High-Speed Inkjet Presses : Real-World Experiences

Mercury President and CEO John Place (in suit at podium) and his staff serve the educational market with a Kodak Prosper 5000XL press.

Mail Print acquired an HP T200 color inkjet web press in January.

SourceLink’s Océ ColorStream 3500 is being used to output fast-turnaround jobs requiring multiple press makereadies.

Gilson Graphics is running the first installation of the Fuji J Press 720 in the United States. Operator Garret Vanderhooning looks on as Mike Simmons pulls a sheet from the sheetfed inkjet press.

Place describes an education market driven by the desire to move to zero inventory, and textbooks customized down to the district and classroom level. Currently, its average run length on the Prosper is 50 to 100 copies (although it regularly goes up to 1,500). Its facility is also producing one-offs for the photo book market.

Initially, Mercury Print Productions is using the press to focus on higher education because of the market’s lower ink coverage requirements, “but, as inkjet develops, we believe that inkjet will be going into the [more graphics-heavy] K-12 marketplace, as well,” Place says.

Mercury chose Kodak’s solution equally for its imaging technology and its proximity. In particular, its team liked the Stream continuous inkjet technology over the spray technology used by other systems. “The result is more of a natural image—closer to the look of an offset press,” he contends. “Kodak is also right here in town, which really helps when new technology is being rolled out.”

Place remains very upbeat and optimistic about Kodak in spite of its recent Chapter 11 filings. “We are very confident about Kodak’s future and are excited about its recent announcement that it considers high-speed commercial inkjet presses to be the core of its future business. Our relationship and partnership with Kodak continues to evolve and will continue to benefit both parties as we move forward.”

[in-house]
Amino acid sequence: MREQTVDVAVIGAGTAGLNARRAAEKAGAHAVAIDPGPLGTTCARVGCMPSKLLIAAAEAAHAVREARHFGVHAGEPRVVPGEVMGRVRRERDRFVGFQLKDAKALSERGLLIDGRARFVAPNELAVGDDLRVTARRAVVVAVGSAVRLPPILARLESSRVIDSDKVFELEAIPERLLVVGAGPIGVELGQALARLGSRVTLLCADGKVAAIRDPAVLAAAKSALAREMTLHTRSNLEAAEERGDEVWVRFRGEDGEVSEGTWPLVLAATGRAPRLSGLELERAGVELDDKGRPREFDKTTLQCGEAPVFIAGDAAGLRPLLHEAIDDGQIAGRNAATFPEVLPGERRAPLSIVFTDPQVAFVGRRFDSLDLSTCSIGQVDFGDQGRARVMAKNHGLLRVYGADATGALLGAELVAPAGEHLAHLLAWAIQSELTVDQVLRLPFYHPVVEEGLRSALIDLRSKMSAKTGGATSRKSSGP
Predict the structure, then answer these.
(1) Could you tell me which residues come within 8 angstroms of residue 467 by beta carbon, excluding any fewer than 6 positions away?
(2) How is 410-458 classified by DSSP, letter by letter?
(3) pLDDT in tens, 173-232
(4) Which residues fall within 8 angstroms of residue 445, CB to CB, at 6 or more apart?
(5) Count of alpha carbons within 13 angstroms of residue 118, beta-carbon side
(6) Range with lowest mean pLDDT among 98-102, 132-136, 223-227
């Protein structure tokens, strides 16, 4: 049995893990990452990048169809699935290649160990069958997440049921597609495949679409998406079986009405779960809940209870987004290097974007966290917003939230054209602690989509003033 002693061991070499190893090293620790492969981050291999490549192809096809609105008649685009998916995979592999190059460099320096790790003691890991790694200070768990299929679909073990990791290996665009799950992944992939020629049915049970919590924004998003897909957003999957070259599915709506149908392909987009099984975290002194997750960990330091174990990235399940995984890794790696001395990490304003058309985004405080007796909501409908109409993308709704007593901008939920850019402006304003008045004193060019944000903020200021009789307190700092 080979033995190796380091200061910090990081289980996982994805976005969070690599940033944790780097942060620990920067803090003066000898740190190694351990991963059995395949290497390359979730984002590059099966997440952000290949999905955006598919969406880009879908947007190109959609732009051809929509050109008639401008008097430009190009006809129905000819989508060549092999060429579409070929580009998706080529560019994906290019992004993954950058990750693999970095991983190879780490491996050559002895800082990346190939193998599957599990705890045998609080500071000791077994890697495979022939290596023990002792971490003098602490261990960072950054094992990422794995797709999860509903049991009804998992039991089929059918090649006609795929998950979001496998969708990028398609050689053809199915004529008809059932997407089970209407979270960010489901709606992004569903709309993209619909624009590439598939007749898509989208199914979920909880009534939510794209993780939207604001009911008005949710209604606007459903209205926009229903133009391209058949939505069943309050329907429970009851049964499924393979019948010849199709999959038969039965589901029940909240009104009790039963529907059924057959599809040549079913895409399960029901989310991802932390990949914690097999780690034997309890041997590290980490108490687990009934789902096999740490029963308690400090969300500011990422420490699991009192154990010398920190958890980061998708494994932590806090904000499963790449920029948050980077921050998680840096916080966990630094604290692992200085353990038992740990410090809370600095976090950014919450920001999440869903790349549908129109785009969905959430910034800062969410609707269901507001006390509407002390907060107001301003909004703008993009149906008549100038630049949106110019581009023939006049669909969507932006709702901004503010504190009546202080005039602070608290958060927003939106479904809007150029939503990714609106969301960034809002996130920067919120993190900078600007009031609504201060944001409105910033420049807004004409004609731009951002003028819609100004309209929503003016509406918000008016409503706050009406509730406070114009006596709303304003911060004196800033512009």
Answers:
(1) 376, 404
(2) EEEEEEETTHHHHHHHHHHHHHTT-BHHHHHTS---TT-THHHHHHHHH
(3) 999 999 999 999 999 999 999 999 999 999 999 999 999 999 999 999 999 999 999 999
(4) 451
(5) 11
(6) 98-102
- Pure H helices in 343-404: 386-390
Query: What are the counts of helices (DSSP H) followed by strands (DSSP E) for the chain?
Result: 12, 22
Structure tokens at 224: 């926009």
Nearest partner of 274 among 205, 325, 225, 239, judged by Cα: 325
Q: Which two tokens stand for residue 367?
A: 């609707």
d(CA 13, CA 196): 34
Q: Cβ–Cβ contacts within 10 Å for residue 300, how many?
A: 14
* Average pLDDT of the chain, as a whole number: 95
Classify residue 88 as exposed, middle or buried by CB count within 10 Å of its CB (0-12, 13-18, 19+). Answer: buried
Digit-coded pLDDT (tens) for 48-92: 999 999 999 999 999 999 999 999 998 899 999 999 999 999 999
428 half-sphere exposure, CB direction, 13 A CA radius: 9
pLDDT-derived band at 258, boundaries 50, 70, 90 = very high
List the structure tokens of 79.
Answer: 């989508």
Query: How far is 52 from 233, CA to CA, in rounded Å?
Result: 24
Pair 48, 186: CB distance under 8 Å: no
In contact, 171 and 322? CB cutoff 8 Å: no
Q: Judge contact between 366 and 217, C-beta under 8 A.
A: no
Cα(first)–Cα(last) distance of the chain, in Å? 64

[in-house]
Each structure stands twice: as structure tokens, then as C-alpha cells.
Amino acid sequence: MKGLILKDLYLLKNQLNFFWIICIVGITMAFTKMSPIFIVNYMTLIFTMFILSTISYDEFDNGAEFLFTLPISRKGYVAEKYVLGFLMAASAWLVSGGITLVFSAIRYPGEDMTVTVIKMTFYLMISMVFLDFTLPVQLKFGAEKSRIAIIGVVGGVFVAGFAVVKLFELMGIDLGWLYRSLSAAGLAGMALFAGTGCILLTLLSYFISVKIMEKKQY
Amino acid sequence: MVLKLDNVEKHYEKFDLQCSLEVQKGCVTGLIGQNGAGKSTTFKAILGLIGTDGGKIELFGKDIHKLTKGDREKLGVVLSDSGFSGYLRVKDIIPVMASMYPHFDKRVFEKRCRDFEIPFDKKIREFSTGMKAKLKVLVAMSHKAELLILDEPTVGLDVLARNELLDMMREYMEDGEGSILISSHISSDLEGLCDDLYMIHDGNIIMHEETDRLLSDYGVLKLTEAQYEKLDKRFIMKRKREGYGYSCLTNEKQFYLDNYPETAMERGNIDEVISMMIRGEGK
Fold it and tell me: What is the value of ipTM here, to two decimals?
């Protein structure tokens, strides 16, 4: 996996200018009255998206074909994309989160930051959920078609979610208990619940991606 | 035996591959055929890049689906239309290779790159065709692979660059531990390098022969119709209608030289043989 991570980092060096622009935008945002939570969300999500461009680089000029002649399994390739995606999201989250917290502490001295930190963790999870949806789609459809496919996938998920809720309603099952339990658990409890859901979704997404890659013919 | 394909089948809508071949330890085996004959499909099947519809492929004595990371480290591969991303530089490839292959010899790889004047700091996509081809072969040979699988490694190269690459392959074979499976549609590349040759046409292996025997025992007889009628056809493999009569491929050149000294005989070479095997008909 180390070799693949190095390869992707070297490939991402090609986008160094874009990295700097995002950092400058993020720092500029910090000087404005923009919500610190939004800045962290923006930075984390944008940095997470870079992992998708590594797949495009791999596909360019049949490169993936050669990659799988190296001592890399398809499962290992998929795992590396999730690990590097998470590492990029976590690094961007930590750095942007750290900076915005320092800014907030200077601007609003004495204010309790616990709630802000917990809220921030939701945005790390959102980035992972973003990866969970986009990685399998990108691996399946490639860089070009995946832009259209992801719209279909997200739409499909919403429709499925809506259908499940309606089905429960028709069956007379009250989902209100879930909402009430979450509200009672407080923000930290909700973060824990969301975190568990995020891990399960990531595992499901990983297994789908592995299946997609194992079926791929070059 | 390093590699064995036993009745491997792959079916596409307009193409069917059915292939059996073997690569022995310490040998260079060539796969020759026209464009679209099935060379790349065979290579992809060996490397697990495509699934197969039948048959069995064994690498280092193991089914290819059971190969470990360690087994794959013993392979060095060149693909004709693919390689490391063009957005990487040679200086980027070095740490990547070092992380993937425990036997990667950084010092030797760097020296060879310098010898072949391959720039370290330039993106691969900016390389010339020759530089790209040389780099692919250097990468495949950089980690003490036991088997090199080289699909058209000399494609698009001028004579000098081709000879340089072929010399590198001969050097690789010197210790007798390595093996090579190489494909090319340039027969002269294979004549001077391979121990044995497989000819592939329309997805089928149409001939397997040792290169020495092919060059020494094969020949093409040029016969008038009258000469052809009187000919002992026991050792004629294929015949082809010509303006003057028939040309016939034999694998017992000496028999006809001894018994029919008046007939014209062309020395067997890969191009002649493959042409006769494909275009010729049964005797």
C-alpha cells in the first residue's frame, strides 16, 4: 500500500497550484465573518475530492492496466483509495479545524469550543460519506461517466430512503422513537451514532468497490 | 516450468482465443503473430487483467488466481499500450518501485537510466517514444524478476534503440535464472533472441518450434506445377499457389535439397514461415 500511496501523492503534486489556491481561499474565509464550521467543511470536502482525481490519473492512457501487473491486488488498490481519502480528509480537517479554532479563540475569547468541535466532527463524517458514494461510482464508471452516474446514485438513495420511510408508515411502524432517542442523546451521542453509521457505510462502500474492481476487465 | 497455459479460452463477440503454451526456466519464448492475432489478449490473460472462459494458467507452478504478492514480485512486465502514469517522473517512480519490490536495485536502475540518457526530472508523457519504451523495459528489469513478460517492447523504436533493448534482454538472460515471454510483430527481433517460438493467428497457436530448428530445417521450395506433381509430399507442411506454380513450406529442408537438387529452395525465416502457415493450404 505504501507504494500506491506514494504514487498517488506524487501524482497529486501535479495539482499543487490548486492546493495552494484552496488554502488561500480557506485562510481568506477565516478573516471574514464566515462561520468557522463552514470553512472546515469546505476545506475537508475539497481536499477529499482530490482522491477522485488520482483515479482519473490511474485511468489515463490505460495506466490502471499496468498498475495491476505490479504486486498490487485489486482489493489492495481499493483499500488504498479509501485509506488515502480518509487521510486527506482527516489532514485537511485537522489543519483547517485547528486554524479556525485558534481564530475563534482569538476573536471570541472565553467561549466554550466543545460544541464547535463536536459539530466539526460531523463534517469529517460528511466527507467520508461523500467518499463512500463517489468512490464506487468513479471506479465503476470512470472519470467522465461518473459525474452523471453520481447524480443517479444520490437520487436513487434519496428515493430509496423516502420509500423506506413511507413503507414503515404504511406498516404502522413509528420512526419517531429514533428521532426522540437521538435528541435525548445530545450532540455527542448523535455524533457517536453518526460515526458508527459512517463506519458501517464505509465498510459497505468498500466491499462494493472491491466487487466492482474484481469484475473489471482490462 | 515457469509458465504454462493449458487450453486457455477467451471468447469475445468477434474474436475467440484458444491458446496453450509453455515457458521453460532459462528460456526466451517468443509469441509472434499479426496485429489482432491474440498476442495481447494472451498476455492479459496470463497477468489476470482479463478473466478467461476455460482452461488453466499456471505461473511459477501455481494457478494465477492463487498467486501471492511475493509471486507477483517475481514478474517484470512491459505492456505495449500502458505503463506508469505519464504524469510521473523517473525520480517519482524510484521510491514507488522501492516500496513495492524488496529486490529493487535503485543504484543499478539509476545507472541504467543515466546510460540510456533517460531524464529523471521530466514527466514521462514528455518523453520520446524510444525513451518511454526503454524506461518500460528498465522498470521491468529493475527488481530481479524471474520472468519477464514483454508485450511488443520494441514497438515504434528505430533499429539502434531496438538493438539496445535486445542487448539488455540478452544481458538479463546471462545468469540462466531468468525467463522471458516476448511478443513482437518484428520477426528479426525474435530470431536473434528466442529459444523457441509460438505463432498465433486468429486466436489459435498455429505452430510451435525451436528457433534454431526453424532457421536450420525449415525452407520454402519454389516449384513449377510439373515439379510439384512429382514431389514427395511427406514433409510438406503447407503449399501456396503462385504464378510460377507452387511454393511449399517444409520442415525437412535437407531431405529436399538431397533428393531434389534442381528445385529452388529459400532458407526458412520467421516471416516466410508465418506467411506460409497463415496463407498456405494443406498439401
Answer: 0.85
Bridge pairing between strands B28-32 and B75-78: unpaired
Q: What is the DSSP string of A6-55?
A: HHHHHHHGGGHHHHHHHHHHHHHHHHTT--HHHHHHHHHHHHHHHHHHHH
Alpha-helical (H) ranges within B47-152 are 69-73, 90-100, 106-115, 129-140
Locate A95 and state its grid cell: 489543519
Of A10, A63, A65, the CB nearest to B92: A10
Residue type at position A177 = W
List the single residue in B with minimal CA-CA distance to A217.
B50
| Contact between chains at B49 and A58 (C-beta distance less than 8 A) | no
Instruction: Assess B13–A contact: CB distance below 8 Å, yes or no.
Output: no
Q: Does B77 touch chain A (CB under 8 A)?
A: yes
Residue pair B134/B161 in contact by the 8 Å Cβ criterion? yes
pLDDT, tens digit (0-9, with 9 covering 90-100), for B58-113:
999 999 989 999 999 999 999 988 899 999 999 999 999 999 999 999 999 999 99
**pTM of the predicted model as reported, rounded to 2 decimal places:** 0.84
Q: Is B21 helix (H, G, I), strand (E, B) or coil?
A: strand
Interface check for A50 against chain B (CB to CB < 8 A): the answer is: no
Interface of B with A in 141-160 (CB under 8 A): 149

Currently, the Kodak Prosper is fed with Mercury’s eMerx XML/JDF-driven front-end workflow for work orders, job prep and imposition. During the peak season, Mercury handles hundreds of jobs simultaneously. It is not unusual to have 30 to 50 jobs on the same roll.

Although Mercury’s volume dictates that it focus the digital press on the educational marketplace, going forward that may change. “We are only just beginning to look into the other markets that we could enter,” says Place. “There are a lot of avenues, such as financial, which we’re not touching right now. Eventually, we will begin tapping into the full-variable 
capability of the press, but we have to be careful because we’ve already been maxing out its production capacity.”

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